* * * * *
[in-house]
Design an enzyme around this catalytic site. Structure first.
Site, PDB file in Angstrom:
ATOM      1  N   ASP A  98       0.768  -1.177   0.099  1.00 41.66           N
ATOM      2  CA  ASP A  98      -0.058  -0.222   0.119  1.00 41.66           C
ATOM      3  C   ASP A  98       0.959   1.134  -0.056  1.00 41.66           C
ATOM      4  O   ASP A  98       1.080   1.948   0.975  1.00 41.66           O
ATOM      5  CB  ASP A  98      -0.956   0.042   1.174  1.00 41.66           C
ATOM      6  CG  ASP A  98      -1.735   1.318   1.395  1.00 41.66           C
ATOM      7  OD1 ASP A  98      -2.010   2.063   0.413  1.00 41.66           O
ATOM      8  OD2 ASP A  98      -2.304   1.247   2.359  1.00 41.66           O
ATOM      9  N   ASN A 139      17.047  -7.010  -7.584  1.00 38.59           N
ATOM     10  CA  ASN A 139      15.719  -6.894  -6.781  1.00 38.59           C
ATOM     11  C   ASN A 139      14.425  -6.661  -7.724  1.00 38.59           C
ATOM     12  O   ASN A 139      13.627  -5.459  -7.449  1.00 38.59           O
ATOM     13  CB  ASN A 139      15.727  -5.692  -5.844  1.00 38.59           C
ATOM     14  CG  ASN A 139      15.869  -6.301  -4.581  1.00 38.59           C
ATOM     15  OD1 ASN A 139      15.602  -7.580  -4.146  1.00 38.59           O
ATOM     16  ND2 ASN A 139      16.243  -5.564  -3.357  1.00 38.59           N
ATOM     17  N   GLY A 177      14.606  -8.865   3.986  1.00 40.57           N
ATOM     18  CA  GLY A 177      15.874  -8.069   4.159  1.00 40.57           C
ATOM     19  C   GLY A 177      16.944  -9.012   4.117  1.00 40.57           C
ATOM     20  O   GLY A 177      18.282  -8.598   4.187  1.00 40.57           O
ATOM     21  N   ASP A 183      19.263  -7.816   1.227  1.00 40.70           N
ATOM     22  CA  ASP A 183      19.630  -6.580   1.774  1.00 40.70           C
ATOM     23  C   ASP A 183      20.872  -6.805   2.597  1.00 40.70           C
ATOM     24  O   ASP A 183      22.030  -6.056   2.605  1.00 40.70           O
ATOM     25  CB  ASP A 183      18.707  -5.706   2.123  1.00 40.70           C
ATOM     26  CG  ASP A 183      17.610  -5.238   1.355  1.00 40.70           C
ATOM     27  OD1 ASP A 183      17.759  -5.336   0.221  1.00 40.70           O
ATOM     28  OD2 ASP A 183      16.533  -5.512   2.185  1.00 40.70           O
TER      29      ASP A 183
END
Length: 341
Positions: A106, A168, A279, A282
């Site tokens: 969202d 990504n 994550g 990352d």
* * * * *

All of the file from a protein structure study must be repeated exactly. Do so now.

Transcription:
[in-house]
Design an enzyme around this catalytic site. Structure first.
Site, PDB file in Angstrom:
ATOM      1  N   ASP A  98       0.768  -1.177   0.099  1.00 41.66           N
ATOM      2  CA  ASP A  98      -0.058  -0.222   0.119  1.00 41.66           C
ATOM      3  C   ASP A  98       0.959   1.134  -0.056  1.00 41.66           C
ATOM      4  O   ASP A  98       1.080   1.948   0.975  1.00 41.66           O
ATOM      5  CB  ASP A  98      -0.956   0.042   1.174  1.00 41.66           C
ATOM      6  CG  ASP A  98      -1.735   1.318   1.395  1.00 41.66           C
ATOM      7  OD1 ASP A  98      -2.010   2.063   0.413  1.00 41.66           O
ATOM      8  OD2 ASP A  98      -2.304   1.247   2.359  1.00 41.66           O
ATOM      9  N   ASN A 139      17.047  -7.010  -7.584  1.00 38.59           N
ATOM     10  CA  ASN A 139      15.719  -6.894  -6.781  1.00 38.59           C
ATOM     11  C   ASN A 139      14.425  -6.661  -7.724  1.00 38.59           C
ATOM     12  O   ASN A 139      13.627  -5.459  -7.449  1.00 38.59           O
ATOM     13  CB  ASN A 139      15.727  -5.692  -5.844  1.00 38.59           C
ATOM     14  CG  ASN A 139      15.869  -6.301  -4.581  1.00 38.59           C
ATOM     15  OD1 ASN A 139      15.602  -7.580  -4.146  1.00 38.59           O
ATOM     16  ND2 ASN A 139      16.243  -5.564  -3.357  1.00 38.59           N
ATOM     17  N   GLY A 177      14.606  -8.865   3.986  1.00 40.57           N
ATOM     18  CA  GLY A 177      15.874  -8.069   4.159  1.00 40.57           C
ATOM     19  C   GLY A 177      16.944  -9.012   4.117  1.00 40.57           C
ATOM     20  O   GLY A 177      18.282  -8.598   4.187  1.00 40.57           O
ATOM     21  N   ASP A 183      19.263  -7.816   1.227  1.00 40.70           N
ATOM     22  CA  ASP A 183      19.630  -6.580   1.774  1.00 40.70           C
ATOM     23  C   ASP A 183      20.872  -6.805   2.597  1.00 40.70           C
ATOM     24  O   ASP A 183      22.030  -6.056   2.605  1.00 40.70           O
ATOM     25  CB  ASP A 183      18.707  -5.706   2.123  1.00 40.70           C
ATOM     26  CG  ASP A 183      17.610  -5.238   1.355  1.00 40.70           C
ATOM     27  OD1 ASP A 183      17.759  -5.336   0.221  1.00 40.70           O
ATOM     28  OD2 ASP A 183      16.533  -5.512   2.185  1.00 40.70           O
TER      29      ASP A 183
END
Length: 341
Positions: A106, A168, A279, A282
């Site tokens: 969202d 990504n 994550g 990352d």